Beyond that, Ramos' characters, though still intended as issue bearers, are more believable than those of Griggs and Leiber. Ramos begins this work of Hispanic suppression and self-assertion by placing the volatile spark in San Antonio, Texas. The plot opens with a nasty incident that balloons out of proportion as a faction of the Texas National Guard goes out of medodramatic control at, yes, the Alamo.  From there, vigilante groups form and the Texas setting is thereafter a bed of racism to occasionally drive the more simple adrenaline resource. 

As the plot shifts to LA, the principal character Manolo Suarez,has a wife Rosa and children who serve to deepen his domestic qualities and offer moderation.  Manolo is carefully lured into La Defensa del Pueblo organization by the rich, attractive, Uruguay-born Jo Herrera whose strident feminine character adds a sharper texture as she slides Mano into accepting violence as a necessary tactic.

Barrio Latinos respond with self-defense groups and rioting and the tit-for-tat violence scatters across the US.  "Anglo" US is figured as demanding segregation "camps" ala the Japanese camps of WW II and Congress accedes to the pressure.  And that's not the bottom of the pit.  However, Manolo emerges as a leader in the peoples' movement while beset with family challenges and counter-pointed by Jo.

Ramos' PR skills are asserted.  On one occasion he uses a loud jackhammer as a necessary "device" to justify the characters almost screaming a conversation.   He also deftly uses a fictional author to insert the old mythology of Spanish and Mexican control and ownership of the Southwest (much as it was a myth that the Republic of Texas and the US controlled it until the combined 400-year European/Colonial genocidal wars and thefts against the natives succeeded widely about 1880).  The struggle between stereotypes moves fast-pacedly along, and Ramos inserts occasional bits of surrealism as when an Aryan fanatic named O'Connor denies awareness that Anglos once suppressed the Irish and the German.  That one may have been humor, as if two incongruent objects occupied the same space successfully, prompting a laugh.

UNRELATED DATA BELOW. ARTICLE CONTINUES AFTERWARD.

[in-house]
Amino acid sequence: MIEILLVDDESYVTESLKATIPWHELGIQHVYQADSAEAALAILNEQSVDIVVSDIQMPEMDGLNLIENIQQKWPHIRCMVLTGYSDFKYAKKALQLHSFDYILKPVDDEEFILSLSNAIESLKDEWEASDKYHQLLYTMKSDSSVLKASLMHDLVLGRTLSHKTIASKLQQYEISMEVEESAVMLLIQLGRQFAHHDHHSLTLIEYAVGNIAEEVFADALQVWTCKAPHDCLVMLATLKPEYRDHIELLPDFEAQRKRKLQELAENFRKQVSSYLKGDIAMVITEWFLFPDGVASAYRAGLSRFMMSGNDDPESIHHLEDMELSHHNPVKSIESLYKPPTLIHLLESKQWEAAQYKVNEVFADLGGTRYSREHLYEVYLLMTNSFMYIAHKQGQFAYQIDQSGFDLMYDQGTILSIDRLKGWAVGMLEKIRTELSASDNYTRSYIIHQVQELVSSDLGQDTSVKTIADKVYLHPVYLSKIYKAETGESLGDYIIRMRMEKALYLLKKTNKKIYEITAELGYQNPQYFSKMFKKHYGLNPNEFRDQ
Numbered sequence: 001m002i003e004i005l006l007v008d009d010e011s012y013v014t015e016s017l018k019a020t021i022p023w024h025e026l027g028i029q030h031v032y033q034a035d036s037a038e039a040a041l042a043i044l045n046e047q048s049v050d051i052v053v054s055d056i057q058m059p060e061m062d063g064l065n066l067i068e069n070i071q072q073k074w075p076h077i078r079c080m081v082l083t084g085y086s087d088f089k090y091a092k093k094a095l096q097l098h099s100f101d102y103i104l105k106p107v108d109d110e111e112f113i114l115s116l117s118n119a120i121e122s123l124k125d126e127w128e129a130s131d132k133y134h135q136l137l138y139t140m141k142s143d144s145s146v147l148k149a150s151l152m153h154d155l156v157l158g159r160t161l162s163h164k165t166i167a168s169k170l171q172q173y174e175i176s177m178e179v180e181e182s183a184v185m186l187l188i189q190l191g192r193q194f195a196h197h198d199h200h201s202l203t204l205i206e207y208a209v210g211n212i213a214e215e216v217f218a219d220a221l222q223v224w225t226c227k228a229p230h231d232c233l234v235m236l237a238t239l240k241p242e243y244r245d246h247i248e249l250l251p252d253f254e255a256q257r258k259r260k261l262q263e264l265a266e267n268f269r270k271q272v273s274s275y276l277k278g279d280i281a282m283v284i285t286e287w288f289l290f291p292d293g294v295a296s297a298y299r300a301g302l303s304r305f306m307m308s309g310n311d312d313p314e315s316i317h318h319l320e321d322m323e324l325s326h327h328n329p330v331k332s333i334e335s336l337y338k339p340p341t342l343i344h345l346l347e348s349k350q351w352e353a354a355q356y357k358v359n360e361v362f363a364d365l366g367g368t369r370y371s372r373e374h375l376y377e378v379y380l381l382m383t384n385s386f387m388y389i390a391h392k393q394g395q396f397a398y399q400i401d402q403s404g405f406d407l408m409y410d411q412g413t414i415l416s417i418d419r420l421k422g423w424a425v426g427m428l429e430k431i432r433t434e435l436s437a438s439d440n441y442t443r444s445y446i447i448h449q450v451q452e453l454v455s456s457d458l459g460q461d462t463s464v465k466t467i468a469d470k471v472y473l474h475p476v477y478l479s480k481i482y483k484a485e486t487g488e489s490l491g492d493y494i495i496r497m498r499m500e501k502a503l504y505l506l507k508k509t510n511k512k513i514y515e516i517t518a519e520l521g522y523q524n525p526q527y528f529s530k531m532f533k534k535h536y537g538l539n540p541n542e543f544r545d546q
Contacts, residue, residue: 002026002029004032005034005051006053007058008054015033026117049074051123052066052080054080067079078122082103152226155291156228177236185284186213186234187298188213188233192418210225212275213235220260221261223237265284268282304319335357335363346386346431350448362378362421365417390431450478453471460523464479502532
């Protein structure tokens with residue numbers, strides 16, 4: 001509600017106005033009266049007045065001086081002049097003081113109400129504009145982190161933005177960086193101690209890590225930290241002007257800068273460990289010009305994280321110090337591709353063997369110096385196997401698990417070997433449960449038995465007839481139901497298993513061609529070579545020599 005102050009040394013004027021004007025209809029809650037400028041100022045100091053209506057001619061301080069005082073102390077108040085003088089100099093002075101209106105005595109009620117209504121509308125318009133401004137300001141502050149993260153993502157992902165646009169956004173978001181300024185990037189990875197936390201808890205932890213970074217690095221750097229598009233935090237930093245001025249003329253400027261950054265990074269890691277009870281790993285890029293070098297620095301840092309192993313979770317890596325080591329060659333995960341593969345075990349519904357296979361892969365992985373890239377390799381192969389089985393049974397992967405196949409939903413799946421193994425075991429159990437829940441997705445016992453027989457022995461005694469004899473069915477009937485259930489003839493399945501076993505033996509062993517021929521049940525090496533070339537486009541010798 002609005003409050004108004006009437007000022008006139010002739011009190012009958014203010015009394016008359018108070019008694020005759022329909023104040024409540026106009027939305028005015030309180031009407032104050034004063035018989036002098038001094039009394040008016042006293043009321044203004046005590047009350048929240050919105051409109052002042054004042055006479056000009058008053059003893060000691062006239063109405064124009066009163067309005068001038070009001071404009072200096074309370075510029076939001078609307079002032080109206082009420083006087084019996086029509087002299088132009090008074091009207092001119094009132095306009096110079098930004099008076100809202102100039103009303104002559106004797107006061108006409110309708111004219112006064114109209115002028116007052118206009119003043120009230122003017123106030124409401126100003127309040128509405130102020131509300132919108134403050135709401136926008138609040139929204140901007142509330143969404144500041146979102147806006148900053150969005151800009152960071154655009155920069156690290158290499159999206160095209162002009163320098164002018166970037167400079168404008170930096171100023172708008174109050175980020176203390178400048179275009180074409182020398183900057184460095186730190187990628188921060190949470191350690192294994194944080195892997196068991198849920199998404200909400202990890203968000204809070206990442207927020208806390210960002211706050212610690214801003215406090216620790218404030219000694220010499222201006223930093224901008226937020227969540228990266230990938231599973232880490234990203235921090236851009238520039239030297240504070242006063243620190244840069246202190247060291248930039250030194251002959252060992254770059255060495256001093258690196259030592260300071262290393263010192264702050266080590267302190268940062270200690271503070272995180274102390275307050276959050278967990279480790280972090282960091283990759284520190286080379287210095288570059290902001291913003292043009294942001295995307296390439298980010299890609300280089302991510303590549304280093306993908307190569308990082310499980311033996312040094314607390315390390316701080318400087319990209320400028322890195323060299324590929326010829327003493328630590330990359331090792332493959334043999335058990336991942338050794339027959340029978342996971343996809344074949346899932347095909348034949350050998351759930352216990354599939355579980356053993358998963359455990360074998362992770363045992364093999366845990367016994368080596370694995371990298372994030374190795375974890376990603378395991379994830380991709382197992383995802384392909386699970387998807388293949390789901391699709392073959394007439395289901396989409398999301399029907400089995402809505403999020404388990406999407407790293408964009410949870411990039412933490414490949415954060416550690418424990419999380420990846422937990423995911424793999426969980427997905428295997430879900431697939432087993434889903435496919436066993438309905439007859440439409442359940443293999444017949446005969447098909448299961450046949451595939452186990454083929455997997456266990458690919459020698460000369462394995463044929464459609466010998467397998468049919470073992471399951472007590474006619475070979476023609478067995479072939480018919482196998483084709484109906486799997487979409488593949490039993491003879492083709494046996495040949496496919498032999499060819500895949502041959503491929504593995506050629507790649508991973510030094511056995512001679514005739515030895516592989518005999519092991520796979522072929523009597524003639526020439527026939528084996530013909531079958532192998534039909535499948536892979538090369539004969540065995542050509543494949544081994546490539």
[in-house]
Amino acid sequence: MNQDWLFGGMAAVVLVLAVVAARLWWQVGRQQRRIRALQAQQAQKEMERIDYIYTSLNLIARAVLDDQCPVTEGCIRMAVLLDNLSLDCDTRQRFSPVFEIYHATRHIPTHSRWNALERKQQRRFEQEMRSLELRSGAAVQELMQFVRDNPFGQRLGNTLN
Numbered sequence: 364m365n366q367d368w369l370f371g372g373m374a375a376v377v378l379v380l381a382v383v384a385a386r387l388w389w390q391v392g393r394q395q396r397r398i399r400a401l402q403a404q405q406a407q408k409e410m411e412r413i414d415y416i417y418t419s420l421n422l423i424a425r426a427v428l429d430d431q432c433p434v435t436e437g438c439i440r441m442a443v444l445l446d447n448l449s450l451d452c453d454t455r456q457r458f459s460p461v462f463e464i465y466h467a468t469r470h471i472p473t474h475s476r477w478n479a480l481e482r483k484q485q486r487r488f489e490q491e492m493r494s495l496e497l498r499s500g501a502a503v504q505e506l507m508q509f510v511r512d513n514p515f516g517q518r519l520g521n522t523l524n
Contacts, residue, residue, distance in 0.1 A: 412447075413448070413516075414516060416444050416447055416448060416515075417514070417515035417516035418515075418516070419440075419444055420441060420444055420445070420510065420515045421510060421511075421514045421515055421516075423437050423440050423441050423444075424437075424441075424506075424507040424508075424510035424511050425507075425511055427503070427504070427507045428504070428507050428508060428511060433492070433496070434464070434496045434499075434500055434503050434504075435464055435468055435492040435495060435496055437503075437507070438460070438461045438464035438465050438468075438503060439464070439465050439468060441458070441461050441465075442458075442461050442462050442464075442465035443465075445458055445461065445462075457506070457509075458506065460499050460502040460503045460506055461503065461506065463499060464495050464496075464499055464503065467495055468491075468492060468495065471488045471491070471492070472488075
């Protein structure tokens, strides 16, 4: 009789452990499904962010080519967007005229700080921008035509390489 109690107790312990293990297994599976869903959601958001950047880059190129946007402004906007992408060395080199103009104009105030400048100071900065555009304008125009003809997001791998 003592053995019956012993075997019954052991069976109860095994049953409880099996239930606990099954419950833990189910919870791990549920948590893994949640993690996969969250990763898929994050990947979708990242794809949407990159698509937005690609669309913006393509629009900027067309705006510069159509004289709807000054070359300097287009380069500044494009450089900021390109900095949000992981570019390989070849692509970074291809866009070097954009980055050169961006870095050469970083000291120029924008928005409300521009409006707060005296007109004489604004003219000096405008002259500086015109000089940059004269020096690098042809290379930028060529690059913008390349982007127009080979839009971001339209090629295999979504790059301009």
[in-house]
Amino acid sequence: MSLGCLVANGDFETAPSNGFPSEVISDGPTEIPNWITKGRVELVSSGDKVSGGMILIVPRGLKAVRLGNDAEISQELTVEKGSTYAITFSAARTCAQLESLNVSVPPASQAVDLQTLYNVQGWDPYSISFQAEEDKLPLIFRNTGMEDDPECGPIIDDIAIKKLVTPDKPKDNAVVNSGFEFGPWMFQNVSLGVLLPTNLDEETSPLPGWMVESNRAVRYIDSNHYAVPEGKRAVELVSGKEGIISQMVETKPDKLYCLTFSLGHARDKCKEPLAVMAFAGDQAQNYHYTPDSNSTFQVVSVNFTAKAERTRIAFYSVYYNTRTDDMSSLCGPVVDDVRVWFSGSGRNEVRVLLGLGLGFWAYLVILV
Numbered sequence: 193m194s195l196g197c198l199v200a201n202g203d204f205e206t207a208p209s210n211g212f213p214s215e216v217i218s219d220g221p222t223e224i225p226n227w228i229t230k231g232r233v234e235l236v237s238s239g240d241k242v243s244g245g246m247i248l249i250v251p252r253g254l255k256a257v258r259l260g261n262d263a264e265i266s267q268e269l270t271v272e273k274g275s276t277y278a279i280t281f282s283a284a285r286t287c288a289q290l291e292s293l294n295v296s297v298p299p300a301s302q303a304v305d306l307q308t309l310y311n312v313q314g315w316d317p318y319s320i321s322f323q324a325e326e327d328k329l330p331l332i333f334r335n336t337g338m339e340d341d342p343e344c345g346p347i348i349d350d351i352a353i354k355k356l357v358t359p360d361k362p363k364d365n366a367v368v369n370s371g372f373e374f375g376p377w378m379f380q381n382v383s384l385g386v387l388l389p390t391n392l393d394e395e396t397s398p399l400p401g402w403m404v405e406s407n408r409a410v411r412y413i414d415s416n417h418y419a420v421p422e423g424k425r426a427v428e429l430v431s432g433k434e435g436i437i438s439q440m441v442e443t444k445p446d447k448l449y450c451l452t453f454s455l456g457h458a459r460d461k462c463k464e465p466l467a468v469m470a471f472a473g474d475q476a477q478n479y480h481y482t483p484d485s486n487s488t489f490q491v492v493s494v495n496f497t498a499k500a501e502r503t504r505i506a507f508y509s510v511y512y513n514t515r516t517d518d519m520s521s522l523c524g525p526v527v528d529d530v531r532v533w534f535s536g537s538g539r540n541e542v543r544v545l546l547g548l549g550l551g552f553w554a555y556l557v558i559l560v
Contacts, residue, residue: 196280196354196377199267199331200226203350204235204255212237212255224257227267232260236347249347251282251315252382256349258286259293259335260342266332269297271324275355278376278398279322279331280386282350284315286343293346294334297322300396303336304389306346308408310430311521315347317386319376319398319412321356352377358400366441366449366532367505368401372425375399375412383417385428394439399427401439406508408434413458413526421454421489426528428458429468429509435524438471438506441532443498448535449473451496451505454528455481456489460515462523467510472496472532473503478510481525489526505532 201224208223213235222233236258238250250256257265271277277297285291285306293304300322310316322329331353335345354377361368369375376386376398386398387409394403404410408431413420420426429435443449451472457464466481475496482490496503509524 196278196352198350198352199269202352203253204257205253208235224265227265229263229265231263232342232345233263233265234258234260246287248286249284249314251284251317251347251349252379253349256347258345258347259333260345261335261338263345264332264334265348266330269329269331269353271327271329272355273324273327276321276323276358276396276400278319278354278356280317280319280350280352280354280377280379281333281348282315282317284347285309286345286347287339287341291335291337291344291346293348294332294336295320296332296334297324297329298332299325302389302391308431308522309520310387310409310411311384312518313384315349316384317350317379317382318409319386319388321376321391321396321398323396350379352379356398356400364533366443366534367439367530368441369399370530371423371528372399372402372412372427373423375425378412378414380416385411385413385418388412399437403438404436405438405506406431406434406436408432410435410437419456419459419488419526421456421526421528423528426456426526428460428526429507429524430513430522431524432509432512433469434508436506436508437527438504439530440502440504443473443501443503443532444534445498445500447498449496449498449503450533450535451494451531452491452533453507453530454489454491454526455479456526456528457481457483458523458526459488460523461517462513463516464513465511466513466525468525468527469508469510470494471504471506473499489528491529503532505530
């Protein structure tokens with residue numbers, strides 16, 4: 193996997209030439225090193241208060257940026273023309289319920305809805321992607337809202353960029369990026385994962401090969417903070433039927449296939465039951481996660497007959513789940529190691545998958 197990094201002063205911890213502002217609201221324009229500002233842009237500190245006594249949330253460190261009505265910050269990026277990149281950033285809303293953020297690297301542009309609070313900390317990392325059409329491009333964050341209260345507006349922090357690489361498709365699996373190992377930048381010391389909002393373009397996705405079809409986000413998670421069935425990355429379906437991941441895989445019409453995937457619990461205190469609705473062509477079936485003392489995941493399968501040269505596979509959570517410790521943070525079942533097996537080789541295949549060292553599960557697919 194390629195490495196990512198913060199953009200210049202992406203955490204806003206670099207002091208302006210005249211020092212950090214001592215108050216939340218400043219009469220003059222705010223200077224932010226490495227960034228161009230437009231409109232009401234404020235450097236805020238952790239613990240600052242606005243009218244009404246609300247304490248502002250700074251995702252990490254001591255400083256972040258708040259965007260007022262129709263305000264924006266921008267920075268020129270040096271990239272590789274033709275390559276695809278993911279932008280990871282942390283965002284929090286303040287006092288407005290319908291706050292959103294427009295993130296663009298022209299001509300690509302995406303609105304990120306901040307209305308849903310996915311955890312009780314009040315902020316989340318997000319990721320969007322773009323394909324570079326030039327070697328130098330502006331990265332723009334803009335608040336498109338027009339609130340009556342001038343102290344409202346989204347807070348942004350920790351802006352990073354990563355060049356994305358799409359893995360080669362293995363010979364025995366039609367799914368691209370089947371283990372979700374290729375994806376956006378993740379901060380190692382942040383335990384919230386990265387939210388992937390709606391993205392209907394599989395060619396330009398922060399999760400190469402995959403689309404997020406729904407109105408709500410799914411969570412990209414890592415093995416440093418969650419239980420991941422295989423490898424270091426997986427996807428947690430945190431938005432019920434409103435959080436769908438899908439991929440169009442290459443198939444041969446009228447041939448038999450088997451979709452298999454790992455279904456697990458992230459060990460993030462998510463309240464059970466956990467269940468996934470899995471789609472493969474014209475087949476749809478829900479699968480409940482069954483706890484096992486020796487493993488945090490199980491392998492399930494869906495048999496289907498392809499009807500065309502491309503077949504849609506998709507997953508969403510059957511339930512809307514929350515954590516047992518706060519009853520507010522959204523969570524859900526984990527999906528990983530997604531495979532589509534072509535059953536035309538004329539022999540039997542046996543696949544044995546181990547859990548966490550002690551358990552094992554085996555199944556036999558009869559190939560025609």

In realism, Manolo confronts the plain task of keeping his job and his integrity as he transforms from patriotic American to protector of his newly rediscovered pueblo.  And there's a critical choice.  Is his family safer with him or in a "Relocation Camp" in North Dakota? - a matter Ramos treats gravely.

To no surprise, TV, radio, newspapers, the blog jocks, and other media fan the flames. The confrontation erupts into violence in Washington DC.  Before long, international connections come into play.  Eventually, as the weight of the Federal forces appear to bring temporary calm to the scene, the tense novel ends.